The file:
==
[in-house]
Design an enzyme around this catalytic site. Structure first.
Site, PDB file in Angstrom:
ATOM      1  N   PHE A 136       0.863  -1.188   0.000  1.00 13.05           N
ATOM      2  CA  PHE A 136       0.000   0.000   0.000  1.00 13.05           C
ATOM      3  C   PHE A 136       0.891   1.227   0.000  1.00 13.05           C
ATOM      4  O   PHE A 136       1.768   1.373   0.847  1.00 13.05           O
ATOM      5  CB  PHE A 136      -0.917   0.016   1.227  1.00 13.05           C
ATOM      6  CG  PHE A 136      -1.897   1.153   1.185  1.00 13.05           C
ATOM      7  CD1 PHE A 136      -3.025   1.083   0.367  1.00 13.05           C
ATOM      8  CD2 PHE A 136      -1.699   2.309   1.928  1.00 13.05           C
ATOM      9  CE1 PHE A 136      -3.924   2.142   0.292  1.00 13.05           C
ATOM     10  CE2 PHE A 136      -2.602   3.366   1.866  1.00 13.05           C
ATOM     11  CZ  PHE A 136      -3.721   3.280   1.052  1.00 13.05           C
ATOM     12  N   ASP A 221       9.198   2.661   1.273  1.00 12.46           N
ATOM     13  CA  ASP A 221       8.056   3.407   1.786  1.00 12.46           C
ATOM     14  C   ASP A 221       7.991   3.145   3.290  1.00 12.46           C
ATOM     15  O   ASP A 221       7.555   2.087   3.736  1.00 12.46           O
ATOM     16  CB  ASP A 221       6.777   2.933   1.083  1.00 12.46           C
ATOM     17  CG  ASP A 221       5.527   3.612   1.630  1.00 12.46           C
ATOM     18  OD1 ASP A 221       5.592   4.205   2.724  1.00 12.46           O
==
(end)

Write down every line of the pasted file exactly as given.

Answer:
[in-house]
Design an enzyme around this catalytic site. Structure first.
Site, PDB file in Angstrom:
ATOM      1  N   PHE A 136       0.863  -1.188   0.000  1.00 13.05           N
ATOM      2  CA  PHE A 136       0.000   0.000   0.000  1.00 13.05           C
ATOM      3  C   PHE A 136       0.891   1.227   0.000  1.00 13.05           C
ATOM      4  O   PHE A 136       1.768   1.373   0.847  1.00 13.05           O
ATOM      5  CB  PHE A 136      -0.917   0.016   1.227  1.00 13.05           C
ATOM      6  CG  PHE A 136      -1.897   1.153   1.185  1.00 13.05           C
ATOM      7  CD1 PHE A 136      -3.025   1.083   0.367  1.00 13.05           C
ATOM      8  CD2 PHE A 136      -1.699   2.309   1.928  1.00 13.05           C
ATOM      9  CE1 PHE A 136      -3.924   2.142   0.292  1.00 13.05           C
ATOM     10  CE2 PHE A 136      -2.602   3.366   1.866  1.00 13.05           C
ATOM     11  CZ  PHE A 136      -3.721   3.280   1.052  1.00 13.05           C
ATOM     12  N   ASP A 221       9.198   2.661   1.273  1.00 12.46           N
ATOM     13  CA  ASP A 221       8.056   3.407   1.786  1.00 12.46           C
ATOM     14  C   ASP A 221       7.991   3.145   3.290  1.00 12.46           C
ATOM     15  O   ASP A 221       7.555   2.087   3.736  1.00 12.46           O
ATOM     16  CB  ASP A 221       6.777   2.933   1.083  1.00 12.46           C
ATOM     17  CG  ASP A 221       5.527   3.612   1.630  1.00 12.46           C
ATOM     18  OD1 ASP A 221       5.592   4.205   2.724  1.00 12.46           O